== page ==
Professor Ruby pointed out today that I am drawing my self-portrait tilted, in much the same way that my chair was tilted. At this point, there’s not much to be done about that, and I think it makes it a more effective representation of how I see myself. I spent much of my childhood playing with beagles: is it really surprising that I tilt my head when I’m thinking hard?
Biosemiotician Jakob von Uexküll has theorized that different creatures can have an entirely different experience of the same environment based on their differing sensory capacities. A jellyfish has a different sense of the ocean than a shark does, which is different from the way that a blue whale or a crab understands its environment. This notion of a self-centered environment is called umwelt in semiotics; it’s a clear descendant of various views of perception dating from 16th century philosophy and earlier.
Umwelt is the idea that because their senses pick up on different things, different animals in the same ecosystem actually live in very different worlds. Everything about you shapes the world you inhabit–from your ideology to your glasses prescription to your web browser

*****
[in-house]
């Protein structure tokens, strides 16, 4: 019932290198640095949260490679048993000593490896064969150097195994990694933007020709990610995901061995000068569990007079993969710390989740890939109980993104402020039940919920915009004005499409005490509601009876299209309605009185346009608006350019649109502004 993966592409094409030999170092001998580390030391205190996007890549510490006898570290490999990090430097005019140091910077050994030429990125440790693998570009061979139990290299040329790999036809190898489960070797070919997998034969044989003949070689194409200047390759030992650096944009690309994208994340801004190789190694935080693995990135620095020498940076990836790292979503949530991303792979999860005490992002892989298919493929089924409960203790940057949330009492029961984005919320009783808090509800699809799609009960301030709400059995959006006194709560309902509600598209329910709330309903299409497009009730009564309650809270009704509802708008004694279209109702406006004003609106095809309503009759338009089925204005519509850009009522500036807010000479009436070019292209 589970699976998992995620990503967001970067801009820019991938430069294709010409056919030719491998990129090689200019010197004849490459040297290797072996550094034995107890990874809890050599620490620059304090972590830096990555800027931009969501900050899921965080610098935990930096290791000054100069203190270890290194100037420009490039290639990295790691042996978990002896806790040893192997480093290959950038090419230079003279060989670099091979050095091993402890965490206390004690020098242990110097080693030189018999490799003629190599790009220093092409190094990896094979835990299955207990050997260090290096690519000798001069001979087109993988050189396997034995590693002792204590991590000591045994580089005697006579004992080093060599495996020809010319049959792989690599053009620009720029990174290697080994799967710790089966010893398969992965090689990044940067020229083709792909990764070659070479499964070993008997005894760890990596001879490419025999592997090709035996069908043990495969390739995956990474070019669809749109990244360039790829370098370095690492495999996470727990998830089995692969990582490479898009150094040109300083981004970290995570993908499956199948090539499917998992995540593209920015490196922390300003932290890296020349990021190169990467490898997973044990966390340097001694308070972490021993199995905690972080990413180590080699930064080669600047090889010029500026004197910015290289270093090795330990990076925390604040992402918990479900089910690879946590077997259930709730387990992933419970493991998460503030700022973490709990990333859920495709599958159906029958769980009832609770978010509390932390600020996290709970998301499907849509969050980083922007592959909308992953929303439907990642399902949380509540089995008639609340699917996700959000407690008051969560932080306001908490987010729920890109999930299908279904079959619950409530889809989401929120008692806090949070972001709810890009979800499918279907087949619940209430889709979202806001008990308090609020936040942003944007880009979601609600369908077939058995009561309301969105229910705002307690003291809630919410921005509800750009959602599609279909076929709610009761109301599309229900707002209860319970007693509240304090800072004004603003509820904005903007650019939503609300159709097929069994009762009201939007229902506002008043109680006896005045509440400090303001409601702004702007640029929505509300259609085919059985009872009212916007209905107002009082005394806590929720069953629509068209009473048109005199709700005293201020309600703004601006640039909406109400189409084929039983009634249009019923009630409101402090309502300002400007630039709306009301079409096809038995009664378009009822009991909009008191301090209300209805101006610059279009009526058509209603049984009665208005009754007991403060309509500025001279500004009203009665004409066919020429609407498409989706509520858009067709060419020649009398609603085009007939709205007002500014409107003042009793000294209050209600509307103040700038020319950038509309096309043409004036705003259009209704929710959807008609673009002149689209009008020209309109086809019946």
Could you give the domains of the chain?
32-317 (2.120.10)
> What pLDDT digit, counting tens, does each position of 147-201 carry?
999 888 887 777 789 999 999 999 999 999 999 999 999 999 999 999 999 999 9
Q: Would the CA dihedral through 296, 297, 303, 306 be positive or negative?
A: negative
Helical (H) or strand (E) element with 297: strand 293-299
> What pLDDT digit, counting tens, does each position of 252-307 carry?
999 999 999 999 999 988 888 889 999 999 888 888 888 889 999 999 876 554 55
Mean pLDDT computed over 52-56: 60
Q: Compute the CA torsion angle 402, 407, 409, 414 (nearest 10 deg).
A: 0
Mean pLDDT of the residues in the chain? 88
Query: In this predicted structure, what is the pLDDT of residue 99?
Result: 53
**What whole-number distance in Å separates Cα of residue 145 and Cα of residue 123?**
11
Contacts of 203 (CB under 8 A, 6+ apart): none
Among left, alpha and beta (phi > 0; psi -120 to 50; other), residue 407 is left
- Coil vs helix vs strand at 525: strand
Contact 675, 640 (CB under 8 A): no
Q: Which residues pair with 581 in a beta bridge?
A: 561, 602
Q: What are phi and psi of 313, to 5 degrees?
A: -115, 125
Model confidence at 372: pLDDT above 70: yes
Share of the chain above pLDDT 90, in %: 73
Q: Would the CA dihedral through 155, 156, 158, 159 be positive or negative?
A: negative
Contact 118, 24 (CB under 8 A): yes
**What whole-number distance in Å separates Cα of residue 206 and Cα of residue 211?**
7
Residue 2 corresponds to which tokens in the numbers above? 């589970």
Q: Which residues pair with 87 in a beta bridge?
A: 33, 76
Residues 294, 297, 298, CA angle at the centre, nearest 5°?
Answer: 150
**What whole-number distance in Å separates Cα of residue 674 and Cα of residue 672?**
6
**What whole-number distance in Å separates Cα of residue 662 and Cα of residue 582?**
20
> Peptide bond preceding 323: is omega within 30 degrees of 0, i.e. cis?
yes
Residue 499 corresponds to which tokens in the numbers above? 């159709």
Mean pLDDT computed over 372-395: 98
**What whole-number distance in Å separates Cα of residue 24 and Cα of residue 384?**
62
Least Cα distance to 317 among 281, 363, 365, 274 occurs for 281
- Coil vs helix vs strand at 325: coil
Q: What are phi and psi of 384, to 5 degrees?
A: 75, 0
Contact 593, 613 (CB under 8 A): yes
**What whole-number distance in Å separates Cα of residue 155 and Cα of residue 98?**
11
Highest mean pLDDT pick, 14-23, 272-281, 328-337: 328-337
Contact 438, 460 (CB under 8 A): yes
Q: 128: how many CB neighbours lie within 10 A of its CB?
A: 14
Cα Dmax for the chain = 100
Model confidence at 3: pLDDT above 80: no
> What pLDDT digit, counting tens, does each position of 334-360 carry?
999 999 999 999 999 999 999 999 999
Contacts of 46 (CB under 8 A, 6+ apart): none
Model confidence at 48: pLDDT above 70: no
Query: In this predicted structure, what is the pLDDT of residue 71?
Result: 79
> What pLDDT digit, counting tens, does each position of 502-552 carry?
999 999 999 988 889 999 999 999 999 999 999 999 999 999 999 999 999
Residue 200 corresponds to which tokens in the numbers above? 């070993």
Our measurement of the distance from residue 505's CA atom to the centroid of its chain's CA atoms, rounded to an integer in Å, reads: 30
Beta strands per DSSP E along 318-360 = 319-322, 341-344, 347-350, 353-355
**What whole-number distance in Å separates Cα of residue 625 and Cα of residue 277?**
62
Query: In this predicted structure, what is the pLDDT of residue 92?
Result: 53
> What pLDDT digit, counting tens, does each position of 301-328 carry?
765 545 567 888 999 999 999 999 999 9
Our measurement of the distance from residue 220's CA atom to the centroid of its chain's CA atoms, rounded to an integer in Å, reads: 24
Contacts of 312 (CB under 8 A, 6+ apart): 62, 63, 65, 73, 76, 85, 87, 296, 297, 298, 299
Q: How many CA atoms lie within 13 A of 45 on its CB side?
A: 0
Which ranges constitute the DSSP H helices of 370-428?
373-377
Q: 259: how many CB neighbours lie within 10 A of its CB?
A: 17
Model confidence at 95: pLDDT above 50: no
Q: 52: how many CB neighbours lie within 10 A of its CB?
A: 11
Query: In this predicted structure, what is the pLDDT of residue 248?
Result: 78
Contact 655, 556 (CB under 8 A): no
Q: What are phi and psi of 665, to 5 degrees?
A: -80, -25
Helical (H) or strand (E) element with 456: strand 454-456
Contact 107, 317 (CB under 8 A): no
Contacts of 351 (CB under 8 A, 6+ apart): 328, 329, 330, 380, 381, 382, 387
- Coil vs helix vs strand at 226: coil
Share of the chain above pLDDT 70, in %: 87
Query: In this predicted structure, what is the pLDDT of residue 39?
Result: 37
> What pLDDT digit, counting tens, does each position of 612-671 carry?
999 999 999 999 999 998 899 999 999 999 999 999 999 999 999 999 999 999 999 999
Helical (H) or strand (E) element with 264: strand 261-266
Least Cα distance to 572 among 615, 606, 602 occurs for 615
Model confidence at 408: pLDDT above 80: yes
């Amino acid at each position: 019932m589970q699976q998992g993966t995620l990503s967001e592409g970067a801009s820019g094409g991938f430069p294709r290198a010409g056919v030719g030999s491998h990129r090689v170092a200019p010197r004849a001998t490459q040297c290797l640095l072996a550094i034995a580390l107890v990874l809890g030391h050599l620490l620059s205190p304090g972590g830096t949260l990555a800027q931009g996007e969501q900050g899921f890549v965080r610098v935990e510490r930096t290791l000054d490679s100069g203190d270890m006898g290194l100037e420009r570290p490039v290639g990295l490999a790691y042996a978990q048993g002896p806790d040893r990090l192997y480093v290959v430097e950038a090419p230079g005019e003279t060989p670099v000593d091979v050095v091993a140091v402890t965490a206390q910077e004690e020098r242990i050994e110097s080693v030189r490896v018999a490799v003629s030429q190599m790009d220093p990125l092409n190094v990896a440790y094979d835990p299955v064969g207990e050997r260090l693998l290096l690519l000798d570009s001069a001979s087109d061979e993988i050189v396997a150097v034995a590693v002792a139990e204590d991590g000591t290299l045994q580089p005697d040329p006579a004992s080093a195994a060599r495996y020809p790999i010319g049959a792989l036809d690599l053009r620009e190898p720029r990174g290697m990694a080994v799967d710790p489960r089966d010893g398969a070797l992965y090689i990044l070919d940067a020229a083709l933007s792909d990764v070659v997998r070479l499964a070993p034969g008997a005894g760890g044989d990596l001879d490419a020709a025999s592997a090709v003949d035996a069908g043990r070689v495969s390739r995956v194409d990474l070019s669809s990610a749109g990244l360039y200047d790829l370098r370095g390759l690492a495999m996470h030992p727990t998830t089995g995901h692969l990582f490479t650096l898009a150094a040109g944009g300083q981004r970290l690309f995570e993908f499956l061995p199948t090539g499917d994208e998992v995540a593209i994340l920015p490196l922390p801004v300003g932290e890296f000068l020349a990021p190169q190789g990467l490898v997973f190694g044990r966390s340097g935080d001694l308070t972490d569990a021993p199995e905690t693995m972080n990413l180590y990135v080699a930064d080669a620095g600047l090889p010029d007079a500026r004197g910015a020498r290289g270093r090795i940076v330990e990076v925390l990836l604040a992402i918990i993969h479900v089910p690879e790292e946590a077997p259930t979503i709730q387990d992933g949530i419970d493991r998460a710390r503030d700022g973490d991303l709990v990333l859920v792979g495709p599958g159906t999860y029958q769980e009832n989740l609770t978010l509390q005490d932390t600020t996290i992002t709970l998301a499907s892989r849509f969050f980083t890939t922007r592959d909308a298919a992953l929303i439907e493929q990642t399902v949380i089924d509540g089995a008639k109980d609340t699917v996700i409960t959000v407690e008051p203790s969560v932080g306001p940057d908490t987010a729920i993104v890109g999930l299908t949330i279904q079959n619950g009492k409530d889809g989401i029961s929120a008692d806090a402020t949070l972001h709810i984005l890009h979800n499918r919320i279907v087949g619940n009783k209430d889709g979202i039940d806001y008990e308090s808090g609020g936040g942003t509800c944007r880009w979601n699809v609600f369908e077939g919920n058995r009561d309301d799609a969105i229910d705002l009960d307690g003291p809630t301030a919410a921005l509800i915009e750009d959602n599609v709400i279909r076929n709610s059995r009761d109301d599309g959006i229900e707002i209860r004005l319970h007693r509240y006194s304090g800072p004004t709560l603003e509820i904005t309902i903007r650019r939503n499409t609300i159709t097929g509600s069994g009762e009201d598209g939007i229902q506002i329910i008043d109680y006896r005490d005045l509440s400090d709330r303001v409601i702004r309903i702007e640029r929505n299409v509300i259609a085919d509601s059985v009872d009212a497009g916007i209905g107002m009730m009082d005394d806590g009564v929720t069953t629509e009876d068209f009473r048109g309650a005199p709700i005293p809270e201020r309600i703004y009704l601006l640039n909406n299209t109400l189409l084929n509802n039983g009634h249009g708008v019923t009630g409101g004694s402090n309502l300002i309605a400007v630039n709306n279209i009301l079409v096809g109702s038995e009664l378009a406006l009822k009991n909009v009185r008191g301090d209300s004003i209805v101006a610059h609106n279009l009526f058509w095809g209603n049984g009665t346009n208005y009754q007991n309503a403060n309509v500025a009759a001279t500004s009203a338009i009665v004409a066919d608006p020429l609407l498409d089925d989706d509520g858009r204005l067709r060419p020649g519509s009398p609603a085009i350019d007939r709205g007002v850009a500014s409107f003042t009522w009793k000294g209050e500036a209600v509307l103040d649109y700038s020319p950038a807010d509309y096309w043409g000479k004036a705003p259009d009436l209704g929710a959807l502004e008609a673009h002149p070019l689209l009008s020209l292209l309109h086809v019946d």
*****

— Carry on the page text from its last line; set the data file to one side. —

One of the better illustrations of this point that I’ve ever seen is this xkcd comic, which has the above quote as alternate text. Open that link in a few different browsers and on different devices. (For the lazy, a few versions are collected here.) There are dozens of different versions of this comic, and the site chooses a version to display based on your browser, the size of your browser window, the location associated with your IP address, the website that referred you to the page, and lots of other variables.
I’m struggling with the shape of my glasses and my lips right now, but I’m encouraged in that struggle by realizing that everything I draw accurately and everything I convey about the way that I sense things is helping me to explain my experience of the world and the way I interact with my environment. I spent three hours this morning on it, two this afternoon, and half an hour late at night in which I made actual progress.